Electricity: condenser jars, an electro-static generator, and a vase with flowers. Gouache painting.
- Lelong, Paul, active approximately 1820
Selected images from this work
About this work
The painter of the present picture, whoever he or she was, was probably working in the 19th century, but has inherited several features of the 17th-century monochrome masters, such as Pieter Claesz of Haarlem (1597-1660): such features include the crack in the stone ledge, which serves both as a sign of transience and a test of verisimilitude. But instead of flowers, lemons, butterflies and dewdrops, the painter has introduced a different mystery of the Creation: electricity. On the right is a hand-powered electrostatic generator which sends electricity to a Leyden jar in the foreground and sets off the ringing of "Franklin bells" in the red and blue jar, as the two hanging clappers are alternately attracted and repelled between the three inverted cups
The whirr of the glass wheel, the crackling of sparks and the ringing of the bells would provide a vivid auditory experience when all is in motion. But in the painting, mankind has ceased its experiments, the wheel is stilled and everything is at peace, leaving the artist, and now the viewer (us), to contemplate the silent instruments. There is the blue-grey of the electrostatic wheel and rod, the red painted insulators, the yellow-golden colour of the brass conductors, and the gleaming real gold of the gold foil sealed inside the Leyden jar. A gilt chain trails out of the bottom of the picture towards the black and gold frame: by its juxtaposition with the non-conducting ledge, it earths the jar and thus enables it to store the invisible electric fluid (electrons were not discovered until the 1890s). The bulbous nodes which appear the end of almost every conductor in the picture prevent the waste of hard-earned electricity in corona discharges: there are no fewer than twenty of them in this small painting. On the far left, the Abbé Nollet's glass electric egg has lost its violet glow and returned to its colourless state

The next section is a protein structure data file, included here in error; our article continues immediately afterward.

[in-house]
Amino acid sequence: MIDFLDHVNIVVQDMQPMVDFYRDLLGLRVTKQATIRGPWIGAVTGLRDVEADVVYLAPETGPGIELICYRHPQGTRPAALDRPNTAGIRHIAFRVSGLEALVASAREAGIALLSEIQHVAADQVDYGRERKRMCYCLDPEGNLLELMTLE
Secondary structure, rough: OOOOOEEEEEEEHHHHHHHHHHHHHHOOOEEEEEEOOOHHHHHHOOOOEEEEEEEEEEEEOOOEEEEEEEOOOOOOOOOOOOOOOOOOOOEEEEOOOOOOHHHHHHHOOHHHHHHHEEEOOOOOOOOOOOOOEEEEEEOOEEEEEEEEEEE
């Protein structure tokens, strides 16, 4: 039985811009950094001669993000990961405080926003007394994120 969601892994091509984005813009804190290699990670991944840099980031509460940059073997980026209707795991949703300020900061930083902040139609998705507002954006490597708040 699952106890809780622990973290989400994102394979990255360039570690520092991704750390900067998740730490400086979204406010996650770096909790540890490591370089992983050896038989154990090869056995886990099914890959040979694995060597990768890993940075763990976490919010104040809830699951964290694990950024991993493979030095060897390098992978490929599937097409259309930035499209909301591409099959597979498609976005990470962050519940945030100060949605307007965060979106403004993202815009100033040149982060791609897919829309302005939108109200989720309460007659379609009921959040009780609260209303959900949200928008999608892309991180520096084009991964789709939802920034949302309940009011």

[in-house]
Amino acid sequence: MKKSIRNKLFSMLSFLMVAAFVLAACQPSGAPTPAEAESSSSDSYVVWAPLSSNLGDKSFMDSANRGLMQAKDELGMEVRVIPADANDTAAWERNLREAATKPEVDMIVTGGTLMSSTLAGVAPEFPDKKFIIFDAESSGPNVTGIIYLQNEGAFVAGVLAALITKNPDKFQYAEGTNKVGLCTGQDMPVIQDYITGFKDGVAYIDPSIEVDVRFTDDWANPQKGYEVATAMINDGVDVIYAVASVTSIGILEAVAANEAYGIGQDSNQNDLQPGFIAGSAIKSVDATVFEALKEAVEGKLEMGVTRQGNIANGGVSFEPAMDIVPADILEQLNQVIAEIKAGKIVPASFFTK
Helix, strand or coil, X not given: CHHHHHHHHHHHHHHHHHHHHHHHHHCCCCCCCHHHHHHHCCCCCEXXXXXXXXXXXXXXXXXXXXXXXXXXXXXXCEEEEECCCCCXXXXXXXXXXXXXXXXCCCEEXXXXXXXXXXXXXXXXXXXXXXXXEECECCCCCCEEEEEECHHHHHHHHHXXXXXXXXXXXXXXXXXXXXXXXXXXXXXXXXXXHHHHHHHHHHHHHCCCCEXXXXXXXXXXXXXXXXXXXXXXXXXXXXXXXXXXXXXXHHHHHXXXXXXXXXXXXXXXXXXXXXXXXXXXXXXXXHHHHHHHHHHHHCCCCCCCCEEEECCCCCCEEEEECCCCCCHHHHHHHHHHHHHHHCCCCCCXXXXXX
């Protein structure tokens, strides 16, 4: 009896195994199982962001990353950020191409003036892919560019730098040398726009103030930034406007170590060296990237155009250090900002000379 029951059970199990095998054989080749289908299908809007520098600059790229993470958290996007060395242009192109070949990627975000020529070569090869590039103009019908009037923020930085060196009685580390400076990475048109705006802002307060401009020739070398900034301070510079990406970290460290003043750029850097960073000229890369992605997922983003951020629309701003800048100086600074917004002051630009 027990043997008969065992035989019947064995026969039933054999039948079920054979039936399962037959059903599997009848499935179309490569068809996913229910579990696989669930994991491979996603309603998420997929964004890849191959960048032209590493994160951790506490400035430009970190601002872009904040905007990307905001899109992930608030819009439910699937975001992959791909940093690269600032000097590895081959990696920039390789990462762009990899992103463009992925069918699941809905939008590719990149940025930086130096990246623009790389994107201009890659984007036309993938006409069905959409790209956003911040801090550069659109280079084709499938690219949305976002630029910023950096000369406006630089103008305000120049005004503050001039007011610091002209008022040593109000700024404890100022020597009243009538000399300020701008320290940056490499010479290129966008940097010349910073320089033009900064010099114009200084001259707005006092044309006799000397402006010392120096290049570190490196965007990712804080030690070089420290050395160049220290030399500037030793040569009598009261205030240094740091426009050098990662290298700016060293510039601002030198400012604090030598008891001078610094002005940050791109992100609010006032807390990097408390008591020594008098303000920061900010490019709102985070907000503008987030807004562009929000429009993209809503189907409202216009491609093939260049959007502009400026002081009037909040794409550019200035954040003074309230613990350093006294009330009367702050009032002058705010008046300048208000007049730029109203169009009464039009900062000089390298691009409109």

On the left we see a different kind of mystery. Two roses and a spray of leaves are displayed inside a flower-vase. They illustrate the beauty of nature, while they also, like the crack in the ledge, provide continuity with famous earlier Dutch flower painters such as Rachel Ruysch and Jan van Huysum. But the vase itself also tells us something about the world. It is made in part of blue glass engraved with a Chinese or Japanese lady crossing a bridge, carrying a parasol. Is it from China or Japan? Is it a piece of German or Central European craftsmanship in an oriental style? Or chinoiserie jasperware? Whatever its origin, it is fitted with twisted ormolu handles and gilded rims that suit the delicacy of the carving and sparkle as brightly as the electric conductors. Nature has its marvels, but the painting also shows the ability of mankind to travel the globe and to construct new artefacts with amazing skill. In any other still-life painting, it would seem bizarre to place a vase of roses on a "tabouret électrique" or insulating stool. But that happens here